Breaking the Symmetry of Pyrimidine: Solvent Effects and Core-Excited State Dynamics
journal contributionposted on 02.09.2021, 13:04 by Sebastian Eckert, Vinícius Vaz da Cruz, Miguel Ochmann, Inga von Ahnen, Alexander Föhlisch, Nils Huse
Symmetry and its breaking crucially define the chemical properties of molecules and their functionality. Resonant inelastic X-ray scattering is a local electronic structure probe reporting on molecular symmetry and its dynamical breaking within the femtosecond scattering duration. Here, we study pyrimidine, a system from the C2v point group, in an aqueous solution environment, using scattering though its 2a2 resonance. Despite the absence of clean parity selection rules for decay transitions from in-plane orbitals, scattering channels including decay from the 7b2 and 11a1 orbitals with nitrogen lone pair character are a direct probe for molecular symmetry. Computed spectra of explicitly solvated molecules sampled from a molecular dynamics simulation are combined with the results of a quantum dynamical description of the X-ray scattering process. We observe dominant signatures of core-excited Jahn–Teller induced symmetry breaking for resonant excitation. Solvent contributions are separable by shortening of the effective scattering duration through excitation energy detuning.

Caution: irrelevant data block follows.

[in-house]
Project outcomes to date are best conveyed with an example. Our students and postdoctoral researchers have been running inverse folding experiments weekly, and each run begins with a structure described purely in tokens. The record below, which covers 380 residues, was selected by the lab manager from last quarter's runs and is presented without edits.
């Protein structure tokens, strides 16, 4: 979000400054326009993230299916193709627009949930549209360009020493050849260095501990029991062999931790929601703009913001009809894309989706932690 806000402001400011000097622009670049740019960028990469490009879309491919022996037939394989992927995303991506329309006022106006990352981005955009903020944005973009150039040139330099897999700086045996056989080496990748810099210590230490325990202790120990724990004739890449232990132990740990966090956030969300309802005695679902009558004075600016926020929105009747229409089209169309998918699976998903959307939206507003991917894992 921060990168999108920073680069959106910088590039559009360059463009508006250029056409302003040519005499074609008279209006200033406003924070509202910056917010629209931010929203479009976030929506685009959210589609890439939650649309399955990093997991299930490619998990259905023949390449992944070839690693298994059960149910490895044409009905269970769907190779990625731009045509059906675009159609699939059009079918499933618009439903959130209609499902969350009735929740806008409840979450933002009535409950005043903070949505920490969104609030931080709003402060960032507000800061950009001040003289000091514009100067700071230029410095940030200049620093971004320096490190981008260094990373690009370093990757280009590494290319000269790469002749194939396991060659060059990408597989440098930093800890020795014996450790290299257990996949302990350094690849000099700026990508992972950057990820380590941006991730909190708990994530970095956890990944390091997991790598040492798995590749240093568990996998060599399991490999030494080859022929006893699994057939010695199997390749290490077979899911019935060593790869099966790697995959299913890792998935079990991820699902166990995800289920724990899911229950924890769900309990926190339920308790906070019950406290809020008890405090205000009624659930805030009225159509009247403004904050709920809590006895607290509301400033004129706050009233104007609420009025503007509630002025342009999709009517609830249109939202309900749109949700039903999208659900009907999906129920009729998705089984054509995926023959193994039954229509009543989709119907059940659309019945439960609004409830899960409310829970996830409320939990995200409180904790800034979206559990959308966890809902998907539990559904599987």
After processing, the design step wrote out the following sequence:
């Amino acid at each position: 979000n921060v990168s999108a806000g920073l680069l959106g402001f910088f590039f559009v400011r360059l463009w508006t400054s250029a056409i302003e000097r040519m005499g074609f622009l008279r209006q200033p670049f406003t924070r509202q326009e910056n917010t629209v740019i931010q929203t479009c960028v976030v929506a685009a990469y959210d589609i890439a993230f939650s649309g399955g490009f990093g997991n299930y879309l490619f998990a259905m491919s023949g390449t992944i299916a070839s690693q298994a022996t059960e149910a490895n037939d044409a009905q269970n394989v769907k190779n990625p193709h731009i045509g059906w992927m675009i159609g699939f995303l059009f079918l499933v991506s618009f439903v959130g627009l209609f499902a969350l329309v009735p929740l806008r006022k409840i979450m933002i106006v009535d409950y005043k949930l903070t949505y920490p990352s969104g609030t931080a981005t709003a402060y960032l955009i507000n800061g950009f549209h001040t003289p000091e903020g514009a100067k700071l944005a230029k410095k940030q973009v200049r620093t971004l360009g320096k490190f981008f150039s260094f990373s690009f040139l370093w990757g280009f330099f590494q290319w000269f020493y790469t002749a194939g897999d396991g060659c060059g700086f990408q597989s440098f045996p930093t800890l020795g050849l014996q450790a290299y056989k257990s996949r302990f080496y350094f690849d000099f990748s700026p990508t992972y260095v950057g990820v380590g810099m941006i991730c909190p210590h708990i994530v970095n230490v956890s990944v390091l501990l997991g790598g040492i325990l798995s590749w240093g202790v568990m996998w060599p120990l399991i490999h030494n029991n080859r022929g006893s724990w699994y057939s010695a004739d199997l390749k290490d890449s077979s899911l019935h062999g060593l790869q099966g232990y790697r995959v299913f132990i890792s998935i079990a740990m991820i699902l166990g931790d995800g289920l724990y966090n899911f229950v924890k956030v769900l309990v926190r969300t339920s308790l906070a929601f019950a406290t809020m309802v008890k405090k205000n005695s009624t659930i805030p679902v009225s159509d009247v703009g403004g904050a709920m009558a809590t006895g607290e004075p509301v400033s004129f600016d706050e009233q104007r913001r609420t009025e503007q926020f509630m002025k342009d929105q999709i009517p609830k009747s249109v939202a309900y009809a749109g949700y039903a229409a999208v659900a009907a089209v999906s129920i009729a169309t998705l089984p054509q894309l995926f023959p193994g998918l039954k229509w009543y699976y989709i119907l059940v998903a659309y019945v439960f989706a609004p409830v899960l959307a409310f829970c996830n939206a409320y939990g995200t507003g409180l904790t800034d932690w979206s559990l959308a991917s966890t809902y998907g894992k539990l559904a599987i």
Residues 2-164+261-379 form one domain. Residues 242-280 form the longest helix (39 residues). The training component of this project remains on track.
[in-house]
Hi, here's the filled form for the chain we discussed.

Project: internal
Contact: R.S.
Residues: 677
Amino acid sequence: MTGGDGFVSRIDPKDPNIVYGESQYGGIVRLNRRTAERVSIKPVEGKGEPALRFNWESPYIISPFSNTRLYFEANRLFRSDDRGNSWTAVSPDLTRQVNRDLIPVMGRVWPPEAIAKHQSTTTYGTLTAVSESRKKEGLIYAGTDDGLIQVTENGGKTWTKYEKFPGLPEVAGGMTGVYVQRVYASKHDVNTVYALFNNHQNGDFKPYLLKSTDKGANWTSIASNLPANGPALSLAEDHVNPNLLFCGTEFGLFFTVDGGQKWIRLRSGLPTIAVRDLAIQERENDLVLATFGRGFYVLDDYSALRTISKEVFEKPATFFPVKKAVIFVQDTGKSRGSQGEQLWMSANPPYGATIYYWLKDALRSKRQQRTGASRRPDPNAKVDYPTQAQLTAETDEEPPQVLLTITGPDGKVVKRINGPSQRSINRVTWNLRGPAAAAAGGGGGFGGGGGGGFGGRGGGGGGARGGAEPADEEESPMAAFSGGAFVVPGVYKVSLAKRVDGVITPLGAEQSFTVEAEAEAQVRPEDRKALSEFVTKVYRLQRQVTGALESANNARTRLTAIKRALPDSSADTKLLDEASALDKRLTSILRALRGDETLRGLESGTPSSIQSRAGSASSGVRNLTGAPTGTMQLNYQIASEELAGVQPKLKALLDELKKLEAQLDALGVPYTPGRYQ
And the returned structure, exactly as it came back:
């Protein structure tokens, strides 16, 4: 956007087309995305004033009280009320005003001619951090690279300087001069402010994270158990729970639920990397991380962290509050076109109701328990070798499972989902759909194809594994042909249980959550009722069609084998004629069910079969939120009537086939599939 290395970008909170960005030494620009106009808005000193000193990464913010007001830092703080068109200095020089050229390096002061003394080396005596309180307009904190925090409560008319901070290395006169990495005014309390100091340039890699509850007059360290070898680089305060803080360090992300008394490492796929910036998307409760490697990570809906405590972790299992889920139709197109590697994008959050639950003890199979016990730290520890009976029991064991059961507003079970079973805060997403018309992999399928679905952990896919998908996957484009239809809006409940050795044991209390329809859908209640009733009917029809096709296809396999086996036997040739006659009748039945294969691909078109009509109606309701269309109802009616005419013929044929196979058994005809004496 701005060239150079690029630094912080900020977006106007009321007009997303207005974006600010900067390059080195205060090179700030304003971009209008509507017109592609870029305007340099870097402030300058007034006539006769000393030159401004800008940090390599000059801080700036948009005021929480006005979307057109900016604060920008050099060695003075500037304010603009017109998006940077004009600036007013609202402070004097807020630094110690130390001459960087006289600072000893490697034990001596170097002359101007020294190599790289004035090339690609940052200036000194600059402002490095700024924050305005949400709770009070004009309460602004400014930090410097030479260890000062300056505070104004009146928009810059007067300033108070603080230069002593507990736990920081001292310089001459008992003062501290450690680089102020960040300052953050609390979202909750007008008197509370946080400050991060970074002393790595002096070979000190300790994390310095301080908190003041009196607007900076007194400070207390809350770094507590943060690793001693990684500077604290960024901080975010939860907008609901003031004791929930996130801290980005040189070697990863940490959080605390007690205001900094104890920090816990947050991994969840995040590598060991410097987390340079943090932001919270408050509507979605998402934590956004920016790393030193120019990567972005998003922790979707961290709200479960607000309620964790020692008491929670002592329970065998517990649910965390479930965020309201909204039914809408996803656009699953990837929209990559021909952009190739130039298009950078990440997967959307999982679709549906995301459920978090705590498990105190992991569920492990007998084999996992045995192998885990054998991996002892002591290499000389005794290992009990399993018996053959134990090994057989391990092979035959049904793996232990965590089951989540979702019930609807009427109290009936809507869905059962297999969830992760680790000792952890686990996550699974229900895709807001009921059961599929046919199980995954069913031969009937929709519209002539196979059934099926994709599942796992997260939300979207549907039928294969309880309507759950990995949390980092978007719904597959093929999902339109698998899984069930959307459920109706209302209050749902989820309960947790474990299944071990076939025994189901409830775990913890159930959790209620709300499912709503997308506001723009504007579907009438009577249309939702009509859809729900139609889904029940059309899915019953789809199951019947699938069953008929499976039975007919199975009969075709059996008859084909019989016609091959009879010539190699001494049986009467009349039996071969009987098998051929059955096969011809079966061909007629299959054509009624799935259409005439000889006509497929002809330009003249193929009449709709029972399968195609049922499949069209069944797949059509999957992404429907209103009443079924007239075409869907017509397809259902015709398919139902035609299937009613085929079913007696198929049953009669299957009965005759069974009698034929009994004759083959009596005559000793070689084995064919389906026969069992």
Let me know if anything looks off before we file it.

Read the peer-reviewed publication
quantum dynamical descriptionobserve dominant signaturesaqueous solution environmentusing scattering thoughfemtosecond scattering durationeffective scattering durationmolecular dynamics simulationexcitation energy detuningdynamical breaking withinbreaking crucially defineray scattering process1 </ subresonant inelastic x2 </ subray scatteringresonant excitationv </c </></ sub>< subsolvent effectssolvent contributionspoint groupmolecular symmetrydirect probedecay transitionscomputed spectrachemical properties